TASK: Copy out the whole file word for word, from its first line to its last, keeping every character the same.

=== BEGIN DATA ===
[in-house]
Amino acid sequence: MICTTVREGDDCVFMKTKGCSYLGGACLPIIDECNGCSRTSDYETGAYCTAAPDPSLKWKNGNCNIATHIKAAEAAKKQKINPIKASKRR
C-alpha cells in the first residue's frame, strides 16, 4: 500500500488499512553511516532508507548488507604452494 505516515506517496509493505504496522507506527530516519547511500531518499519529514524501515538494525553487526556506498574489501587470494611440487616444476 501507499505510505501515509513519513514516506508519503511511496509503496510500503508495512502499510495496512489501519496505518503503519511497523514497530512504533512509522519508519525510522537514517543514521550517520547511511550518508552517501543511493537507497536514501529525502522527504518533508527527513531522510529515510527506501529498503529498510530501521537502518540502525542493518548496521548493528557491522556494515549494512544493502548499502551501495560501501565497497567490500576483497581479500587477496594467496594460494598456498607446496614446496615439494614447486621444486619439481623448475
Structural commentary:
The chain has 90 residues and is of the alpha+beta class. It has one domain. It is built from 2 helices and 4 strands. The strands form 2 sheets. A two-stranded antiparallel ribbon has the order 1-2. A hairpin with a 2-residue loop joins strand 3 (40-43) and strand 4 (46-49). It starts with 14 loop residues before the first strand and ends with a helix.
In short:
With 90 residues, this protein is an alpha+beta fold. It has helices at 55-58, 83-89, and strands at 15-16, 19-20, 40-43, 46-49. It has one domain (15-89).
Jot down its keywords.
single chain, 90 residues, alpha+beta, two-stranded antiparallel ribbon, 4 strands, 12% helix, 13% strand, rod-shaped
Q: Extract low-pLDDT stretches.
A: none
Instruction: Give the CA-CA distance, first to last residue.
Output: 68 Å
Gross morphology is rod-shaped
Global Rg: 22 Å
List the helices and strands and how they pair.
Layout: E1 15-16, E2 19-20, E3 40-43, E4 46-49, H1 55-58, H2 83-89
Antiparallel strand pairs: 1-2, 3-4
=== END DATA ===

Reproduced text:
[in-house]
Amino acid sequence: MICTTVREGDDCVFMKTKGCSYLGGACLPIIDECNGCSRTSDYETGAYCTAAPDPSLKWKNGNCNIATHIKAAEAAKKQKINPIKASKRR
C-alpha cells in the first residue's frame, strides 16, 4: 500500500488499512553511516532508507548488507604452494 505516515506517496509493505504496522507506527530516519547511500531518499519529514524501515538494525553487526556506498574489501587470494611440487616444476 501507499505510505501515509513519513514516506508519503511511496509503496510500503508495512502499510495496512489501519496505518503503519511497523514497530512504533512509522519508519525510522537514517543514521550517520547511511550518508552517501543511493537507497536514501529525502522527504518533508527527513531522510529515510527506501529498503529498510530501521537502518540502525542493518548496521548493528557491522556494515549494512544493502548499502551501495560501501565497497567490500576483497581479500587477496594467496594460494598456498607446496614446496615439494614447486621444486619439481623448475
Structural commentary:
The chain has 90 residues and is of the alpha+beta class. It has one domain. It is built from 2 helices and 4 strands. The strands form 2 sheets. A two-stranded antiparallel ribbon has the order 1-2. A hairpin with a 2-residue loop joins strand 3 (40-43) and strand 4 (46-49). It starts with 14 loop residues before the first strand and ends with a helix.
In short:
With 90 residues, this protein is an alpha+beta fold. It has helices at 55-58, 83-89, and strands at 15-16, 19-20, 40-43, 46-49. It has one domain (15-89).
Jot down its keywords.
single chain, 90 residues, alpha+beta, two-stranded antiparallel ribbon, 4 strands, 12% helix, 13% strand, rod-shaped
Q: Extract low-pLDDT stretches.
A: none
Instruction: Give the CA-CA distance, first to last residue.
Output: 68 Å
Gross morphology is rod-shaped
Global Rg: 22 Å
List the helices and strands and how they pair.
Layout: E1 15-16, E2 19-20, E3 40-43, E4 46-49, H1 55-58, H2 83-89
Antiparallel strand pairs: 1-2, 3-4